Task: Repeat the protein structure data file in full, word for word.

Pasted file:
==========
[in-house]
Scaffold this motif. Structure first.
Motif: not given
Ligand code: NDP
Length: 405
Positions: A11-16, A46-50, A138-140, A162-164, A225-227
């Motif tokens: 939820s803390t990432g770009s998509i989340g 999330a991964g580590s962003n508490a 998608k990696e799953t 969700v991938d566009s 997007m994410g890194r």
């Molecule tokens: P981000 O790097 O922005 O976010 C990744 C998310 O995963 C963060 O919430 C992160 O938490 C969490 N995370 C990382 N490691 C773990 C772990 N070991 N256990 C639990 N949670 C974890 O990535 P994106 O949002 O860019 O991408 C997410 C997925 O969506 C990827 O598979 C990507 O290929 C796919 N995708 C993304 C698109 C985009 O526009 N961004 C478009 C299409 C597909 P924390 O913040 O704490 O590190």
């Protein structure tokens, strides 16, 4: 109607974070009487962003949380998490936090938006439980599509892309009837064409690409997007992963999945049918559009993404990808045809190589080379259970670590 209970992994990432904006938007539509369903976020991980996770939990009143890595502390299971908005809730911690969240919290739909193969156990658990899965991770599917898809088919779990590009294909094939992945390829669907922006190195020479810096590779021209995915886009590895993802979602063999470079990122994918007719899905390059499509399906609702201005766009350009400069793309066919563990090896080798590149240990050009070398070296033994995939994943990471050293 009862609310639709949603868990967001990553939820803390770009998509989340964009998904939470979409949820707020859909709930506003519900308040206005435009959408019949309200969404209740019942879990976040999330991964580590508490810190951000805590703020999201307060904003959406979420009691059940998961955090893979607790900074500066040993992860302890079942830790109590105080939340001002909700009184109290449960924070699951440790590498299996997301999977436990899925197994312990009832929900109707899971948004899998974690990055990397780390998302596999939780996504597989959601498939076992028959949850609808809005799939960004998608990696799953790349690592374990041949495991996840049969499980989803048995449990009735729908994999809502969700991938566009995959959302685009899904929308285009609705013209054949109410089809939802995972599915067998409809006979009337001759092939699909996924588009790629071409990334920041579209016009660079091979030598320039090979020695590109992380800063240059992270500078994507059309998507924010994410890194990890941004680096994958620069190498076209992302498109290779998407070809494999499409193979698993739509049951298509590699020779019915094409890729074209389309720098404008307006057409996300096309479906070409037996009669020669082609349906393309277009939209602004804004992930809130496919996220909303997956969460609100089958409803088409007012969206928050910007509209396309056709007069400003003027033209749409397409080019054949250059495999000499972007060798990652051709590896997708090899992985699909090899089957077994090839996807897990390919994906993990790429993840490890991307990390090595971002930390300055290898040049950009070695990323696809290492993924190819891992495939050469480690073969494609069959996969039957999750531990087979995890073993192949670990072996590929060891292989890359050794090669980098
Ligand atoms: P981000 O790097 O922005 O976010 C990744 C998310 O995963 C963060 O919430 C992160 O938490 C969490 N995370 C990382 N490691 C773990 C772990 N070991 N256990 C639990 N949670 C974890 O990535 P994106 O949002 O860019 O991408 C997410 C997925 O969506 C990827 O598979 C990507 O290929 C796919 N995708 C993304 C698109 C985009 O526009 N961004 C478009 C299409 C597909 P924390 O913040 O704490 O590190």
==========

[in-house]
Scaffold this motif. Structure first.
Motif: not given
Ligand code: NDP
Length: 405
Positions: A11-16, A46-50, A138-140, A162-164, A225-227
């Motif tokens: 939820s803390t990432g770009s998509i989340g 999330a991964g580590s962003n508490a 998608k990696e799953t 969700v991938d566009s 997007m994410g890194r």
């Molecule tokens: P981000 O790097 O922005 O976010 C990744 C998310 O995963 C963060 O919430 C992160 O938490 C969490 N995370 C990382 N490691 C773990 C772990 N070991 N256990 C639990 N949670 C974890 O990535 P994106 O949002 O860019 O991408 C997410 C997925 O969506 C990827 O598979 C990507 O290929 C796919 N995708 C993304 C698109 C985009 O526009 N961004 C478009 C299409 C597909 P924390 O913040 O704490 O590190």
């Protein structure tokens, strides 16, 4: 109607974070009487962003949380998490936090938006439980599509892309009837064409690409997007992963999945049918559009993404990808045809190589080379259970670590 209970992994990432904006938007539509369903976020991980996770939990009143890595502390299971908005809730911690969240919290739909193969156990658990899965991770599917898809088919779990590009294909094939992945390829669907922006190195020479810096590779021209995915886009590895993802979602063999470079990122994918007719899905390059499509399906609702201005766009350009400069793309066919563990090896080798590149240990050009070398070296033994995939994943990471050293 009862609310639709949603868990967001990553939820803390770009998509989340964009998904939470979409949820707020859909709930506003519900308040206005435009959408019949309200969404209740019942879990976040999330991964580590508490810190951000805590703020999201307060904003959406979420009691059940998961955090893979607790900074500066040993992860302890079942830790109590105080939340001002909700009184109290449960924070699951440790590498299996997301999977436990899925197994312990009832929900109707899971948004899998974690990055990397780390998302596999939780996504597989959601498939076992028959949850609808809005799939960004998608990696799953790349690592374990041949495991996840049969499980989803048995449990009735729908994999809502969700991938566009995959959302685009899904929308285009609705013209054949109410089809939802995972599915067998409809006979009337001759092939699909996924588009790629071409990334920041579209016009660079091979030598320039090979020695590109992380800063240059992270500078994507059309998507924010994410890194990890941004680096994958620069190498076209992302498109290779998407070809494999499409193979698993739509049951298509590699020779019915094409890729074209389309720098404008307006057409996300096309479906070409037996009669020669082609349906393309277009939209602004804004992930809130496919996220909303997956969460609100089958409803088409007012969206928050910007509209396309056709007069400003003027033209749409397409080019054949250059495999000499972007060798990652051709590896997708090899992985699909090899089957077994090839996807897990390919994906993990790429993840490890991307990390090595971002930390300055290898040049950009070695990323696809290492993924190819891992495939050469480690073969494609069959996969039957999750531990087979995890073993192949670990072996590929060891292989890359050794090669980098
Ligand atoms: P981000 O790097 O922005 O976010 C990744 C998310 O995963 C963060 O919430 C992160 O938490 C969490 N995370 C990382 N490691 C773990 C772990 N070991 N256990 C639990 N949670 C974890 O990535 P994106 O949002 O860019 O991408 C997410 C997925 O969506 C990827 O598979 C990507 O290929 C796919 N995708 C993304 C698109 C985009 O526009 N961004 C478009 C299409 C597909 P924390 O913040 O704490 O590190």